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Demystifying Strategy and Tactics in Marketing

In the marketing world, the terms “strategy” and “tactics” frequently come into play. But are we employing them accurately? A recent conversation with Kenneth Steel, Marketing Director at Nellemann Automotive, sheds light on this crucial distinction, offering a deeper understanding of how these concepts interrelate in the marketing sphere.


A Glimpse into Kenneth’s World

Kenneth isn’t just any marketing director with a cool name; he’s a strategist at heart who plays a pivotal role in the daily management and commercial growth of Nellemann Automotive. He’s in charge of the marketing budget, spearheads communication, and leads digital development projects for automotive giants like Kia, MG, and Isuzu, as well as for seven group-owned dealerships. His journey through various industries has taught him that success often lies in one’s ability to adapt, engage with different cultures, and understand the unique language of each target audience.


The Essence of Strategy Versus Tactics

Kenneth underscores a common misinterpretation: confusing strategy with tactics. It’s easy to jump into tactics, they are the most sexy things, like creating an ad or buying media, but again that’s just a result of everything that we defined before. Strategy, he explains, is the overarching framework guiding our marketing actions—it’s about making deliberate choices on where to play and how to win. It’s also defining where you are not going to be, or what you are not going to do. We always tend to want everything, but for a strategy to be successful you need to cut off things that won’t get you there and focus your actions. Tactics, on the other hand, are the actions taken to achieve strategic goals, such as social media posts, PPC campaigns, and email strategies for example. Kenneth emphasises, “A lot of what we do are tactics, but a little bit is strategy,” reminding us of the importance of not losing sight of the strategic big picture amidst the whirlwind of tactical execution.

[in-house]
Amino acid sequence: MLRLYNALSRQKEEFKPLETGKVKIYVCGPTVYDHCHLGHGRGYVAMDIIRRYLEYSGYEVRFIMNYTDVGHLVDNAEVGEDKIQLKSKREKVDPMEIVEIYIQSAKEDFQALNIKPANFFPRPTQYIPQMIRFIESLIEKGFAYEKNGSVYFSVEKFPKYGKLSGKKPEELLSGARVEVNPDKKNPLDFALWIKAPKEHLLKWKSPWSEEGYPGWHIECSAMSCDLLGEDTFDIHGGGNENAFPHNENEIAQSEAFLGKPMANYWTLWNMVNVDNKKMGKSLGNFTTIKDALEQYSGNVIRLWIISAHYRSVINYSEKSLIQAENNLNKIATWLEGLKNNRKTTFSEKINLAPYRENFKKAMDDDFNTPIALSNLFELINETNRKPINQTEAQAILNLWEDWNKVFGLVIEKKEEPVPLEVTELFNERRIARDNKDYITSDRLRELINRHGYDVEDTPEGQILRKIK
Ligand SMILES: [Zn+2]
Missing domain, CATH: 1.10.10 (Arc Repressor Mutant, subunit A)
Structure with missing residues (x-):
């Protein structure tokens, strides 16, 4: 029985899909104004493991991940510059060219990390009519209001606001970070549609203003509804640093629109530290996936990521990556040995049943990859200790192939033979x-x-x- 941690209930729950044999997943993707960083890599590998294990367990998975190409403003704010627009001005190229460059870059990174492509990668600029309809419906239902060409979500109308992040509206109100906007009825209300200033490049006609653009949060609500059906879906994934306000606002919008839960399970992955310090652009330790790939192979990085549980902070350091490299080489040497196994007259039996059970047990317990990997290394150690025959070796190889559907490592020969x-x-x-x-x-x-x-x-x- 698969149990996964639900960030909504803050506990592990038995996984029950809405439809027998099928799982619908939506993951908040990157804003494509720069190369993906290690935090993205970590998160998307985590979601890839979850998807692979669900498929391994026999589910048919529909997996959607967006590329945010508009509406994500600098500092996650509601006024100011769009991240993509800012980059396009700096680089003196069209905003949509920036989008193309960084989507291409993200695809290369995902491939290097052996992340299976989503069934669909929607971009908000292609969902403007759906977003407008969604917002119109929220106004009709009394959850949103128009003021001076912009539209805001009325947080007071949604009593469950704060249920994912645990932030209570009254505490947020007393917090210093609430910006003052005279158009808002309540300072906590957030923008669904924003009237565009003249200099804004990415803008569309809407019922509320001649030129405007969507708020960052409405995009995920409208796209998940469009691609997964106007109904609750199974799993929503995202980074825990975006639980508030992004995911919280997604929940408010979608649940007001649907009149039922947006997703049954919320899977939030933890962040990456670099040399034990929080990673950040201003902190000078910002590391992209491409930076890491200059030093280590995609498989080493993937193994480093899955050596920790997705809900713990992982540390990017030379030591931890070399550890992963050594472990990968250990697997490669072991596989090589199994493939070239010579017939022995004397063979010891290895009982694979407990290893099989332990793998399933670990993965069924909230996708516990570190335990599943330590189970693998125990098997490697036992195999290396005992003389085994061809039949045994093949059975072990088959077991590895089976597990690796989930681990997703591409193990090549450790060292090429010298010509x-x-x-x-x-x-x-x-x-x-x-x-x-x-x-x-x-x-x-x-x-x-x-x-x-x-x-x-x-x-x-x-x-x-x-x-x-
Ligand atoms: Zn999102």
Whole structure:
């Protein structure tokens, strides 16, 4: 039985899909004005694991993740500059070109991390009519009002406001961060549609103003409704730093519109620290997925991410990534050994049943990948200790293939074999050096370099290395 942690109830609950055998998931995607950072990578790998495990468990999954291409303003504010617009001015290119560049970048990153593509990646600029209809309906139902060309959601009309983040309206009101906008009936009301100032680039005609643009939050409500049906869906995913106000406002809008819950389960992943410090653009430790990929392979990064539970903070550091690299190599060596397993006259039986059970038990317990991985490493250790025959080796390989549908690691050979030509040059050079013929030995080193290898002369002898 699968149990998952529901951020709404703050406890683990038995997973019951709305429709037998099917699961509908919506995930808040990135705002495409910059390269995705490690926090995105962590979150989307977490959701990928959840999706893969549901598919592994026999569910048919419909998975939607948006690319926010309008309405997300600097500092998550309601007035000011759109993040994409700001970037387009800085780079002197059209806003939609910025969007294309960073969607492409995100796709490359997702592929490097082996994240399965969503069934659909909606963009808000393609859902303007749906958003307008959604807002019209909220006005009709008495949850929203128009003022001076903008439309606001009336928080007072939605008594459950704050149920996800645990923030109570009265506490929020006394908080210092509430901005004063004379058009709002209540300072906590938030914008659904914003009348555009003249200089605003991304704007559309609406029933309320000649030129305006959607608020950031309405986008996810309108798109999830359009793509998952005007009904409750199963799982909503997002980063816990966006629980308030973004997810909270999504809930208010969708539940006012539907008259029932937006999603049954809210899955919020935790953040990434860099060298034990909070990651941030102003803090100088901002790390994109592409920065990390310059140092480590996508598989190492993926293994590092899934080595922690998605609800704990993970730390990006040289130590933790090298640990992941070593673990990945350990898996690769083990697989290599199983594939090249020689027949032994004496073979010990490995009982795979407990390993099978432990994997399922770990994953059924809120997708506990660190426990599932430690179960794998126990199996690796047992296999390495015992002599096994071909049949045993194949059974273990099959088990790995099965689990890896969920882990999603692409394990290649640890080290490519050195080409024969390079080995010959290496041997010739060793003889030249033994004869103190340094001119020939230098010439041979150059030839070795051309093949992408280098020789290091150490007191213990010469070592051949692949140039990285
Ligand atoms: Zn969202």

With a clear strategy in place, choosing and tailoring tactics becomes much more effective. Kenneth emphasises, “Our tactical execution hinges on our strategic definitions.” Drawing from his experience with Kia, he highlights the role of strategic planning in guiding everything from media placements to creative messaging. These efforts are not only aimed at evolving the brand’s perception but also at maintaining its core value proposition. By illustrating how strategic choices made at a corporate level directly influence local market tactics, Kenneth demonstrates the importance of ensuring these tactics align with the brand’s overarching goals. Adopting this strategic approach not only leads to more efficient execution of marketing initiatives but also significantly enhances the brand’s perception and market position.


We also talked about whether gamification is a tactic or a strategy. Kenneth sees it as a tactic, just like media buying. It’s used to achieve strategic goals. For example, using a gamification tool to boost lead generation or learn more about our customers is a tactical move to reach our strategic objectives.

Strategy as a North Star

Kenneth’s insights into the interplay of strategy and tactics offer a crucial lesson for marketers: tactics should be flexible and responsive, but the underlying strategy must serve as a steadfast beacon, guiding decision-making and sharpening focus. This strategic vision, akin to a North Star, ensures that marketers stay aligned with their overarching goals, exploring the many options with purpose and direction. Kenneth emphasises, “Strategic decisions take time to mature.” He advocates for a clear distinction between the fluid nature of tactics and the enduring essence of strategy, arguing that such clarity empowers marketers to fully leverage their strategic plans.


Kenneth gives smart tips to all marketers: the journey through diverse landscapes not only broadens one’s skill set but also enriches it. He encourages marketers not to hesitate at the edge of the unknown but to embrace the different lessons each new territory offers, thereby turbocharging their marketing prowess.


He likens transitioning between industries to shifting gears in a vehicle—sometimes the transition is seamless, other times it requires a bit more effort. The key, according to Kenneth, lies in immersing oneself in the new environment: understanding its culture, speaking its language, and swiftly adapting to its unique dynamics.


At the heart of Kenneth’s philosophy is the principle of agility. He asserts that, regardless of the industry—be it fast food or fast cars—the fundamentals remain the same: a deep understanding of the customer, a finely honed message, and its stylish delivery are paramount. 

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